Can the ASC Model Support the Computer-assisted Surgical Services Patients Expect?

In the U.S., the number of joint-replacement procedures continues to rise. There are over a million joint replacements performed each year, and this figure is expected to exceed 4 million annually by 2030.[1]   Orthopedics is one of the largest and most profitable service lines in most hospitals, with total joint replacements accounting for a large revenue share. However, this moneymaker is moving from inpatient to outpatient. According to Sg2, in 2020, 32 percent of total joint replacements were performed as an outpatient, and this number is expected to rise to 51 percent by 2026 as joint surgeries continue to move to ASCs.[2]

Technology advancements have facilitated the transfer of joint replacement to an outpatient surgery and play an increasingly large role as patients make health care related decisions. For example, in a 2021 survey involving 588 participants, 69 percent of respondents believed robotic-assisted orthopedic surgery resulted in fewer complications and better results, 59 percent expected less pain, and 62 percent predicted a speedier recovery than with traditional manual procedures. Furthermore, 49 percent said they would prefer a low-volume surgeon who use these technologies over a high-volume surgeon who uses conventional manual methods.[3] As a result, ASCs are caught between rising patient demand for surgical technologies in their orthopedic procedures and the challenge of making it financially feasible.

The expense of investing in robotics and computer-assisted surgery (CAS) systems and the necessary supplies and services to perform technology-enhanced joint replacement surgery is a major obstacle to overcome. These costs are quite substantial and do not align with the ASC's cost-saving business model. A robot can cost upward of $1 million, with an additional $100,000 in annual servicing charges. Operating expenses are quoted at more than $1,200 per case, with extensive preoperative imaging adding $1,500-2,000 in cost. Reimbursement for joint replacement does not always include an extra charge for CAS usage[4] [5]and is expected to continue to decline in all surgical settings.

Total square footage restrictions for waiting rooms, recovery rooms, sterile processing departments, and operating rooms are common in ASCs, and large console technologies can be difficult to implement due to these space constraints. Furthermore, many ASCs lack the resources to sterilize the numerous trays of equipment required for total joint replacements. ASCs typically only have one or two sterilizers on-site, which requires advance planning to overcome scheduling hurdles.[2]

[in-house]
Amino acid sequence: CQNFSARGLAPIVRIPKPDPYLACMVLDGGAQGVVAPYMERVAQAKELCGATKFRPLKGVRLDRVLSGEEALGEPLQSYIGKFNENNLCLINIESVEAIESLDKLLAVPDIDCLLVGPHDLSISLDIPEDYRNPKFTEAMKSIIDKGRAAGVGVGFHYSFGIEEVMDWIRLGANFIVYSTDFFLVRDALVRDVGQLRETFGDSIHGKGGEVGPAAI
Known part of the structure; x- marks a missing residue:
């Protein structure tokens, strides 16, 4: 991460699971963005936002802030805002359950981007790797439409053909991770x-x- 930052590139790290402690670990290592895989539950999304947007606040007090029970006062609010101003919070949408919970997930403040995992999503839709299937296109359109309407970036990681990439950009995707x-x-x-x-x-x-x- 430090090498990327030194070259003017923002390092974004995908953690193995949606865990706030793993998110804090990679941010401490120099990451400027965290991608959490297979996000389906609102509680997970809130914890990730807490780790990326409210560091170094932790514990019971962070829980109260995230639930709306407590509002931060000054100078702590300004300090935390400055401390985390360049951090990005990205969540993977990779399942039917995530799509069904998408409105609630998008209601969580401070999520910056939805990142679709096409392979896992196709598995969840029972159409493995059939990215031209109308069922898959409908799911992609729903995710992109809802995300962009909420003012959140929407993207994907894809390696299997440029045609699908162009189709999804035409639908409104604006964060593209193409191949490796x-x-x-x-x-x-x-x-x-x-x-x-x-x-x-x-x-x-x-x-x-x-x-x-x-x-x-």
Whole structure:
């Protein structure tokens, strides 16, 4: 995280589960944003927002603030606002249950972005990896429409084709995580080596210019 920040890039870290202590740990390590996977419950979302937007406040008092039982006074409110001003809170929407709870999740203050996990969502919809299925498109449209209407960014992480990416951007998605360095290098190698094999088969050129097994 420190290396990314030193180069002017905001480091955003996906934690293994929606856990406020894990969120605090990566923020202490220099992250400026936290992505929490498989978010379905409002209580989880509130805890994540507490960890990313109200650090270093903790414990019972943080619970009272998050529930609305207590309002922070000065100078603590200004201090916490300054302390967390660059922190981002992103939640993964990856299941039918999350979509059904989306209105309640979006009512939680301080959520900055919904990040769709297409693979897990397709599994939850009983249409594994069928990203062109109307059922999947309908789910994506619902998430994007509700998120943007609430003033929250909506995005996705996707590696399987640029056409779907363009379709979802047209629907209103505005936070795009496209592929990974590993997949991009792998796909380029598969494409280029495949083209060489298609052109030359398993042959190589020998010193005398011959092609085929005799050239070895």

Single-use surgical technologies, such as OrthAlign handheld navigation, can overcome these cost, space, and sterilization restrictions and meet the demand for surgical technologies that patients seek. OrthAlign delivers accurate, individualized alignment to any patient with a single, disposable handpiece that can be used across implant platforms and surgical philosophies. The user-friendly design and interface provide streamlined workflows to reduce OR times and support multiple ORs concurrently without the investment, equipment, or pre-operative imaging required by many computer-assisted surgical systems.

ASCs have positioned themselves to deliver high-quality, cost-effective care. The technology-assisted services they offer must adhere to the same value-based paradigm. To meet patient expectations and protect their market share, outpatient surgical centers that don't see the ROI in large CAS systems will need to turn to options better suited for the ASC environment. OrthAlign navigation does not have the same cost, space, and sterilization requirements as the original robotic technology, allowing ASCs to benefit from the competitive edge that robotic-assisted technology delivers without the high initial investment.

Additionally, ASCs that act and invest in advanced surgical technologies differentiate themselves from other options and stay competitive in this growing market. OrthAlign technology delivers the accuracy that surgeons expect, the efficiency and value that ASCs seek, and the technology that patients demand.

References

[1] Etkin, Caryn  D., and Bryan D. Springer. "The American joint replacement registry—the first 5 years." Arthroplasty today 3.2 (2017): 67-69.

[2] DeCook, C. A. (2019). Outpatient joint arthroplasty: Transitioning to the ambulatory surgery center. The Journal of Arthroplasty, 34(7S), S48–S50.

[3] Nicholas R. Pagani, MD, et al. “Online Crowdsourcing to Explore Public Perceptions of Robotic-Assisted Orthopedic Surgery.” Journal of Arthroplasty. 36(6), 1887-1894. E3, JUNE 01, 2021

[4] Wang, D. S. (2020, November 30). Will robots take their place in orthopedics? Morningstar.Com. https://www.morningstar.com/articles/767120/will-robots-take-their-place-in-orthopedics

[5] Sousa,P., et al "Robots in the Operating Room During Hip and Knee Arthoplasty." Curr Rev Musculoskelet Med. 2020 Jun; 13(3): 309-317

 

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